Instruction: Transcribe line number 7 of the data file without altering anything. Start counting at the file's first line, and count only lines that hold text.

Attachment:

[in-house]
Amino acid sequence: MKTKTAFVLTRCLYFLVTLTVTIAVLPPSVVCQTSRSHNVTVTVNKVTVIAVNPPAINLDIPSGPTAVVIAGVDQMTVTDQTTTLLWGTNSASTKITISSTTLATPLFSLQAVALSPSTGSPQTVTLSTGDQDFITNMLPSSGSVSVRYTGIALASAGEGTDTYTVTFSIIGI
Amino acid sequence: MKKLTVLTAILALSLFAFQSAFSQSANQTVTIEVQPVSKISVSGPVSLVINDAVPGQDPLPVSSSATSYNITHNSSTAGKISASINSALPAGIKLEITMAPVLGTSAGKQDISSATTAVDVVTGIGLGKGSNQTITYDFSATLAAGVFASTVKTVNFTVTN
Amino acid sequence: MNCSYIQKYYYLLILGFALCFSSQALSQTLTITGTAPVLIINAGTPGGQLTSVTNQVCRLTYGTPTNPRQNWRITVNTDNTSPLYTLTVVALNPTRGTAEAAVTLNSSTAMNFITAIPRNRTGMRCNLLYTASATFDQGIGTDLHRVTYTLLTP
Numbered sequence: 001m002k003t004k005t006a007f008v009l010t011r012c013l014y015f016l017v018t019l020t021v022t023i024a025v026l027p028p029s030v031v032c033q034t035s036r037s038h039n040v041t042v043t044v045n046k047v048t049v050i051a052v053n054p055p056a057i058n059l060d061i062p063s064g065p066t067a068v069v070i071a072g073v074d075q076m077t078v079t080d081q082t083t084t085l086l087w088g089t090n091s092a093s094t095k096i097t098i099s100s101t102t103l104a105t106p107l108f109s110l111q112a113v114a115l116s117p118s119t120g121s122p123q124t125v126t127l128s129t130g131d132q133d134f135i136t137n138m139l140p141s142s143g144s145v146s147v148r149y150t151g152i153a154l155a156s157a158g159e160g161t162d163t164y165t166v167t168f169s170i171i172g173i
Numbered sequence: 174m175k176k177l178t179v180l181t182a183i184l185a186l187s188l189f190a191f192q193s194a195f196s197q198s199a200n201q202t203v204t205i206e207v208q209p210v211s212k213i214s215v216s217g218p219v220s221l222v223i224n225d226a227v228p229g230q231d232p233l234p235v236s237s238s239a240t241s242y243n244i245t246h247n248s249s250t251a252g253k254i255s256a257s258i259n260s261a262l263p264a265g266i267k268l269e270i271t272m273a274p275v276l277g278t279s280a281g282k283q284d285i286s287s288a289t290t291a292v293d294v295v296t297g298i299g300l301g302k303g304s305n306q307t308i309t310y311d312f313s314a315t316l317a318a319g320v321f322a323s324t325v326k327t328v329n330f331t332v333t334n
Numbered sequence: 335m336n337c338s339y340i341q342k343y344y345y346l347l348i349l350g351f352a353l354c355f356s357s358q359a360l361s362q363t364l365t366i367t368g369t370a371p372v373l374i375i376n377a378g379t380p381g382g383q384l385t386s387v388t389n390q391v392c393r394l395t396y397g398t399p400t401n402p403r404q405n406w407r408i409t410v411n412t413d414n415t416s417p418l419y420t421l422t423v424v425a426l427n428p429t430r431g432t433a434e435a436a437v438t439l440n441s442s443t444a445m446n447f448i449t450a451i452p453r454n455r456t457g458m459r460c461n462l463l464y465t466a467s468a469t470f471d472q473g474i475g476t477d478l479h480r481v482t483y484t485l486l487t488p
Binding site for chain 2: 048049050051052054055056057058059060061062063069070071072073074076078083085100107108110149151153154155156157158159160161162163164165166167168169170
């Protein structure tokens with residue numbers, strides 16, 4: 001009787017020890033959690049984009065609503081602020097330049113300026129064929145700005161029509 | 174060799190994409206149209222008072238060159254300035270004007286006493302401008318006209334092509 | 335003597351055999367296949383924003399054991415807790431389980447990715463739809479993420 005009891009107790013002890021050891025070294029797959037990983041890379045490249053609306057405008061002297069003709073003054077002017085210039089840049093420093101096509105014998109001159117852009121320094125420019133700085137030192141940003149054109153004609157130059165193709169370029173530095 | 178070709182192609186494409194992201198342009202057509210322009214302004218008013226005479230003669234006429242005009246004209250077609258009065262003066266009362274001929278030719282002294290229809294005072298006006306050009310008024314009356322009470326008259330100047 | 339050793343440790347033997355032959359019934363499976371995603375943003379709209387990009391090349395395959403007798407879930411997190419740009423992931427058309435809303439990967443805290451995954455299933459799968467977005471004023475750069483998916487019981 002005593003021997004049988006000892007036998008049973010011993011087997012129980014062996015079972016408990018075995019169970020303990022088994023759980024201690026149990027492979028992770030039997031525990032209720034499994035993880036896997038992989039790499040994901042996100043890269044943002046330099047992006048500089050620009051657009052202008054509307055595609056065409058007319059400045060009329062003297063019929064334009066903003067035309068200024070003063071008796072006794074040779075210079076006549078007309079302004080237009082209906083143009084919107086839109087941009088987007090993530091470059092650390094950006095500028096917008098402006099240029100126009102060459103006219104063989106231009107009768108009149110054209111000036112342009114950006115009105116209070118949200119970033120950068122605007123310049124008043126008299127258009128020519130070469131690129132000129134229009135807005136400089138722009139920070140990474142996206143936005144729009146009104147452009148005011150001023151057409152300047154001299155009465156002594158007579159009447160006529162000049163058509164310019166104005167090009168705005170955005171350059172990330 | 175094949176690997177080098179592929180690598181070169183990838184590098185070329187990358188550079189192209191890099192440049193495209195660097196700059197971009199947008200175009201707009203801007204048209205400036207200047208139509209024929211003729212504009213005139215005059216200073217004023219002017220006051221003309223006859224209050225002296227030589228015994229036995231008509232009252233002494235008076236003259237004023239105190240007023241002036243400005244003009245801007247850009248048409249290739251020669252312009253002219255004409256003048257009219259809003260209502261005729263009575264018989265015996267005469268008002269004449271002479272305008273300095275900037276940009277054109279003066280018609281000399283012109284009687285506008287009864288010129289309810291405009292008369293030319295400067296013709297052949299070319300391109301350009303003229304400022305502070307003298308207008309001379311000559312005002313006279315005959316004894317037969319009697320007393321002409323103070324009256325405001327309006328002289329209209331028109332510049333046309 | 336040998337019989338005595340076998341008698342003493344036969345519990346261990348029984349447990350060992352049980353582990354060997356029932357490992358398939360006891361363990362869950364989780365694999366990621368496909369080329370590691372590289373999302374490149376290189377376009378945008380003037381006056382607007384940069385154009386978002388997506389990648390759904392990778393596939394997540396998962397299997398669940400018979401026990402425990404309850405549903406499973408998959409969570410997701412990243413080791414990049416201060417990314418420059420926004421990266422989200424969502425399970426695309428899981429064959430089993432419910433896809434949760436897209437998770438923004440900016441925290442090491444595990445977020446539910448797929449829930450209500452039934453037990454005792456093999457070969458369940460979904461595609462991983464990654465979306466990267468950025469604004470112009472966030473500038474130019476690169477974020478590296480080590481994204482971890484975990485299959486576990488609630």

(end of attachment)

Numbered sequence: 335m336n337c338s339y340i341q342k343y344y345y346l347l348i349l350g351f352a353l354c355f356s357s358q359a360l361s362q363t364l365t366i367t368g369t370a371p372v373l374i375i376n377a378g379t380p381g382g383q384l385t386s387v388t389n390q391v392c393r394l395t396y397g398t399p400t401n402p403r404q405n406w407r408i409t410v411n412t413d414n415t416s417p418l419y420t421l422t423v424v425a426l427n428p429t430r431g432t433a434e435a436a437v438t439l440n441s442s443t444a445m446n447f448i449t450a451i452p453r454n455r456t457g458m459r460c461n462l463l464y465t466a467s468a469t470f471d472q473g474i475g476t477d478l479h480r481v482t483y484t485l486l487t488p